Armitage as Rochester - can't believe he hasn't been already. It's a perfect fit, aside from him technically being too tall for Rochester. But thinking about how he seems to like playing conflicted characters with many layers, Rochester would be perfect, a dream come true. Maybe it's just as well he's not been Rochester, because I'm not sure I could take that level of pure awesomeness! ♥

  2. Yes, I'm not even sure about Jane myself. I tore through lists of young british actresses and it was really hard to find one that really sang out to me. I had also considered Karen Gillan and Freya Mavor. Jane is by far the hardest person to cast and I don't think it really helps that I'm not too acquainted with many British actresses.

    As for Armitage, I never had any doubt about him. Rochester seems like his rightful role. It pains me to my core to think that he might never get the chance to play him when now would have been the perfect time. I should start a petition or something lol.

    Yes, Mrs. Reed is supposed to be a bit more robust, but I always imagined Tilda as having her natural spirit. As for St. John, he's almost as hard to cast as Jane herself! Any suggestions?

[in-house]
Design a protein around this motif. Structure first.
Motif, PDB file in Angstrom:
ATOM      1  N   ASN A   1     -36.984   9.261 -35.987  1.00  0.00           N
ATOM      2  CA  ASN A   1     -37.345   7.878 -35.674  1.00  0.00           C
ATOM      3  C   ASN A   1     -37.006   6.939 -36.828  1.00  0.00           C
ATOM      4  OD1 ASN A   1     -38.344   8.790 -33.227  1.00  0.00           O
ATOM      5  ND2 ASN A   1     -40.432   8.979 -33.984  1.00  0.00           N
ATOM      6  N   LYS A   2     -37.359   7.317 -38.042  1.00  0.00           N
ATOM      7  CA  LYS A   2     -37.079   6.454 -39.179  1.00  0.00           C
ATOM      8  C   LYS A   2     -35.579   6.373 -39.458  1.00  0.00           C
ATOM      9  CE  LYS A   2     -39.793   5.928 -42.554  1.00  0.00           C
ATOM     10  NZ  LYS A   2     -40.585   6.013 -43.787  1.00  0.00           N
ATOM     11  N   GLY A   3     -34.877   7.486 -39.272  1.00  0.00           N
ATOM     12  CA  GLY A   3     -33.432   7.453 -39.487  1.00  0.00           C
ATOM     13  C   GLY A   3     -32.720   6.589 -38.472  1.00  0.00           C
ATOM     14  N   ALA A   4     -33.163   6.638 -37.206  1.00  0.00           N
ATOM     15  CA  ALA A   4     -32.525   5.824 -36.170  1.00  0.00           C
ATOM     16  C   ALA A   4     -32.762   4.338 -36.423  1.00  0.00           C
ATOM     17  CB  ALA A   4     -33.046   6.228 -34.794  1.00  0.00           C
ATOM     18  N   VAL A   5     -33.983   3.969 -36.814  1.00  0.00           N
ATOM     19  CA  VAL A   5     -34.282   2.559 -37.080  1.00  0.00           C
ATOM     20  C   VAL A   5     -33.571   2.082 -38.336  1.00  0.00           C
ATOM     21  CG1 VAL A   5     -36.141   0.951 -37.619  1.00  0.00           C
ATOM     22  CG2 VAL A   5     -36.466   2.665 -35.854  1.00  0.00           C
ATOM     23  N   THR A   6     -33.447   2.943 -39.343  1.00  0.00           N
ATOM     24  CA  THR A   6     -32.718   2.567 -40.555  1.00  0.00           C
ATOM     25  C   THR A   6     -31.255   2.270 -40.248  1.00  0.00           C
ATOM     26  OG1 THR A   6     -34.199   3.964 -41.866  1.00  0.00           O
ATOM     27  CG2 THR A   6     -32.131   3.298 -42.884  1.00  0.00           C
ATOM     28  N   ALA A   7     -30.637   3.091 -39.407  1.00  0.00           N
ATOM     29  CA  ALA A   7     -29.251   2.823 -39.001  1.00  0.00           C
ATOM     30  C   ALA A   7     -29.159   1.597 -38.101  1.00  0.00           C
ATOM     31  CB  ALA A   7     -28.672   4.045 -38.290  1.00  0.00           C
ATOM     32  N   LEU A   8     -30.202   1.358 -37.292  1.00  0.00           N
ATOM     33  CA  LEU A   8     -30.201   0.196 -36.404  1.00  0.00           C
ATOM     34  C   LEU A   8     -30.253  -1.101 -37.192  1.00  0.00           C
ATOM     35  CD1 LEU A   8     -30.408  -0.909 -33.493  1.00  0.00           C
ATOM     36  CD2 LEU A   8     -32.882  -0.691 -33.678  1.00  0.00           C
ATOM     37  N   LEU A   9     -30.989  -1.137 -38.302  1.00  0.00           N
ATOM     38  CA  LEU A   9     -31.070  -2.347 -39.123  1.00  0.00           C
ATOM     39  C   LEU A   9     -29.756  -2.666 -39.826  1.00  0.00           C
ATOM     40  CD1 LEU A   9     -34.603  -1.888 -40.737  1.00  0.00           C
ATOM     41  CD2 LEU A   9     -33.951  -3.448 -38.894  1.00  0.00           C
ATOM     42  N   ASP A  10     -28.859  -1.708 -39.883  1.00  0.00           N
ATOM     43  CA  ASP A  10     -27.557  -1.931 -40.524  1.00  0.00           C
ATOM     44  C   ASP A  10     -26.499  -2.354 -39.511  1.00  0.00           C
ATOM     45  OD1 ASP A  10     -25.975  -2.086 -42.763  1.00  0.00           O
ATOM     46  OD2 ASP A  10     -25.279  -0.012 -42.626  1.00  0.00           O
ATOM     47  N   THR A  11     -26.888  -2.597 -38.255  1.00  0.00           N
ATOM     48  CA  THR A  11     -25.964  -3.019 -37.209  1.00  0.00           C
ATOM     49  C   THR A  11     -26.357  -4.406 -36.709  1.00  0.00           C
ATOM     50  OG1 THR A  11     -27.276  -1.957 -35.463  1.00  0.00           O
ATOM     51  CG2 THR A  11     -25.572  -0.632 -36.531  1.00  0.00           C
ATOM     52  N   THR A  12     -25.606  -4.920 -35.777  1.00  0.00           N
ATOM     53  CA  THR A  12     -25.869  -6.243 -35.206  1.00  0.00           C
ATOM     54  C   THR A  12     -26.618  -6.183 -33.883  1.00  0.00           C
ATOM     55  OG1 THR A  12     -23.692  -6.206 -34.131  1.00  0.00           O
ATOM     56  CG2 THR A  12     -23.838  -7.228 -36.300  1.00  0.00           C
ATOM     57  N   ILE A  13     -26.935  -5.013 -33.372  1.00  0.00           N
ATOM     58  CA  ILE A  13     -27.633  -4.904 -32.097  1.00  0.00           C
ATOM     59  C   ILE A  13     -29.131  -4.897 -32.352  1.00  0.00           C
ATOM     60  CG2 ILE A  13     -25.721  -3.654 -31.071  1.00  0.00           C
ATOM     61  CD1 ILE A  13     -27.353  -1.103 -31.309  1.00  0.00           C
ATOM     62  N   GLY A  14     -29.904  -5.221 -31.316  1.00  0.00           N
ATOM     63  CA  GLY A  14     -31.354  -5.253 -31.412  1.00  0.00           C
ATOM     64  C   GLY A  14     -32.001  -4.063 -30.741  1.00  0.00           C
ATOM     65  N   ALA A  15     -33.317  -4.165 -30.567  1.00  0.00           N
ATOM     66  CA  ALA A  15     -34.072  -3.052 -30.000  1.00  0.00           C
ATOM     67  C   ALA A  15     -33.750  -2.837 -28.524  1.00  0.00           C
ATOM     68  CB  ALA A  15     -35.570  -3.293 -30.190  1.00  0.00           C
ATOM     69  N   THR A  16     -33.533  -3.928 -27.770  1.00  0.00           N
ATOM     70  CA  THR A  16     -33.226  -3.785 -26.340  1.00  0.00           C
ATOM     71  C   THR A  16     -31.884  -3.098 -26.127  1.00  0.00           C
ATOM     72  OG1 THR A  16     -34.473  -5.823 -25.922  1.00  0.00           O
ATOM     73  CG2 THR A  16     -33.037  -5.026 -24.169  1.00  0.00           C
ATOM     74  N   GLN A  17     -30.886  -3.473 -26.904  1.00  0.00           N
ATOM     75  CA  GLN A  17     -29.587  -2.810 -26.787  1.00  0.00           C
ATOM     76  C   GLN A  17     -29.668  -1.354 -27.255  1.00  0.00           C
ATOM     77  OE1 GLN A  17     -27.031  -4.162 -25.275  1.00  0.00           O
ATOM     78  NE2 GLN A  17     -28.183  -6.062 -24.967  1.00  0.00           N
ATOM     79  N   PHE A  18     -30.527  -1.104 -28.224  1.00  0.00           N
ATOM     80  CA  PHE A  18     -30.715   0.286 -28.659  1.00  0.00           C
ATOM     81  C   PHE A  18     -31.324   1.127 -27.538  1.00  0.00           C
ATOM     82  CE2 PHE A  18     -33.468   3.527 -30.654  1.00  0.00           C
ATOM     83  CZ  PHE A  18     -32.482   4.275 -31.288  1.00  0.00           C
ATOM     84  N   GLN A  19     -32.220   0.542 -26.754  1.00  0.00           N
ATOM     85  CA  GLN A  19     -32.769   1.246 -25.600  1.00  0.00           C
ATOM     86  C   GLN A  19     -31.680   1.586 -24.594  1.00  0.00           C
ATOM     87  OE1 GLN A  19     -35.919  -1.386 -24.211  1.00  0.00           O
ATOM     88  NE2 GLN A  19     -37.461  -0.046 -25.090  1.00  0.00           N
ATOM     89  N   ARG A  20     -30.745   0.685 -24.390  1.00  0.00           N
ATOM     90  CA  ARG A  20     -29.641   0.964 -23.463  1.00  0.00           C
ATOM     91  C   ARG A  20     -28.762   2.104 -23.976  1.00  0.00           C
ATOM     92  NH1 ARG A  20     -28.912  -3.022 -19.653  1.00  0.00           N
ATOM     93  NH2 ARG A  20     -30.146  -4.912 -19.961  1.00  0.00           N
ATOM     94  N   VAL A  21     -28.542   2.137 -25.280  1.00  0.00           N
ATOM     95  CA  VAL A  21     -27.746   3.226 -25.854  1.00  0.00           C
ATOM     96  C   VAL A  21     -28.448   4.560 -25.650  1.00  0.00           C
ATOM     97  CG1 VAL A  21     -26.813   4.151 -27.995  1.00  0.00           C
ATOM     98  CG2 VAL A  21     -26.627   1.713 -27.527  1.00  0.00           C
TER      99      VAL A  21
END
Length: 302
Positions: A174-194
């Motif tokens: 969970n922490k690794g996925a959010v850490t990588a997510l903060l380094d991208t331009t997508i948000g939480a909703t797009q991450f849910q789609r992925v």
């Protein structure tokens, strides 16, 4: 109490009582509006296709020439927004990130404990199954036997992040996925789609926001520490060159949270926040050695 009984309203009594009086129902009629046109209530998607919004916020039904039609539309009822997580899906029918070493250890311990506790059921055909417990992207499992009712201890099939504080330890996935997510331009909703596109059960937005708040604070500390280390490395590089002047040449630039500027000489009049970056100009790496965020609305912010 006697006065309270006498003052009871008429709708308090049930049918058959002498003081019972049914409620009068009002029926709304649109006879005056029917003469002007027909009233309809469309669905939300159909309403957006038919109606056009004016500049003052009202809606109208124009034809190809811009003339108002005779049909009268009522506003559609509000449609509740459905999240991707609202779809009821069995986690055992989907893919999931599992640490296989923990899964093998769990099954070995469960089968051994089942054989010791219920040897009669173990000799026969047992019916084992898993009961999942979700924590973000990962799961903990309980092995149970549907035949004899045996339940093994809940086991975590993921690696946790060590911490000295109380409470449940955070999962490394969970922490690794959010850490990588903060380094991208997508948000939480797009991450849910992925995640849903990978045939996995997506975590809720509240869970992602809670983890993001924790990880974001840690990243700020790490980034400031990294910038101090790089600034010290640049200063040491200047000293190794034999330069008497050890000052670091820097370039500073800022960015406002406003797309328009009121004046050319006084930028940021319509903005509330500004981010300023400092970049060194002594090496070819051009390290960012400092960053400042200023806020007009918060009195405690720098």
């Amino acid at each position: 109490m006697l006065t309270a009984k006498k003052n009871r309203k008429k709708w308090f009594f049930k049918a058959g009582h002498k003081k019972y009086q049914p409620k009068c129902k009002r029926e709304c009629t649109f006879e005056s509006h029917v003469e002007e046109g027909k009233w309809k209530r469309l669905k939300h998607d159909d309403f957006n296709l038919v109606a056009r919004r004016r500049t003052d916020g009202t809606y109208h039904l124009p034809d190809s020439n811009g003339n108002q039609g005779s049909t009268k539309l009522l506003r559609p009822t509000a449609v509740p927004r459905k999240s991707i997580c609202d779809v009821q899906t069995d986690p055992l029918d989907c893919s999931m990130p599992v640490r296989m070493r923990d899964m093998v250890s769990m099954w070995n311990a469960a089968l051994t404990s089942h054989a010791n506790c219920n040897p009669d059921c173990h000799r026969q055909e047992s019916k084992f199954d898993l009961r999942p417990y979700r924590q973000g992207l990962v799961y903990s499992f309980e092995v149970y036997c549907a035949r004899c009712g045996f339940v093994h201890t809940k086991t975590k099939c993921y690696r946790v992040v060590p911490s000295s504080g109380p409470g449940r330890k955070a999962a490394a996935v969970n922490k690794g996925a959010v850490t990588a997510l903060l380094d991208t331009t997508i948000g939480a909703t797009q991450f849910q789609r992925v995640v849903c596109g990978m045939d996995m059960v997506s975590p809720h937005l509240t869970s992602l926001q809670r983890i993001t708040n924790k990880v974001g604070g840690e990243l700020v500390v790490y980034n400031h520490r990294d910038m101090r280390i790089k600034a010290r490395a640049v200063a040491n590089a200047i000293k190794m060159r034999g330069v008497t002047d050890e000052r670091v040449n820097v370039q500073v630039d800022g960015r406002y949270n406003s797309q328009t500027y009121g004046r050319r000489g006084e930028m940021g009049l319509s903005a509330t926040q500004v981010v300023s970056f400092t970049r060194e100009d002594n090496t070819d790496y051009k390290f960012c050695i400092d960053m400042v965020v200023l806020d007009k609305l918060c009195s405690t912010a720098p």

3. I agree that Richard would have made a great Rochester. Too good-looking, of course, but since when did they cast a truly ugly Rochester? Lol.
    The problem with casting Jane is that there is a dearth of actresses of the right age (18-19) who have the maturity and capability of carrying such a role. By the time they have proved their proficiency, they are too old!

  4. @Supergran: I must admit that when I think of Rochester, I don't necessarily think of someone really ugly. I try to remind myself that the book was written in the 19th century where people thought that delicate blonde-haired, blue-eyed men were handsome. Their idea of what was attractive was rather different from what we might deem appealing today. I like to imagine that in today's standards Rochester might not look too bad. When Jane describes him in the book I get the picture of someone that might not be a fair-haired angel but rather a ruggedly handsome kind of fellow. Maybe I'm just cheeting myself because I don't want to acknowledge the fact that my favorite lit hero was kind of ugly, I don't really know.

  5. You make a good point. Ideas of beauty were as much subject to the vagaries of fashion then as now. It hadn't been TOO many years since the "fop" was in vogue!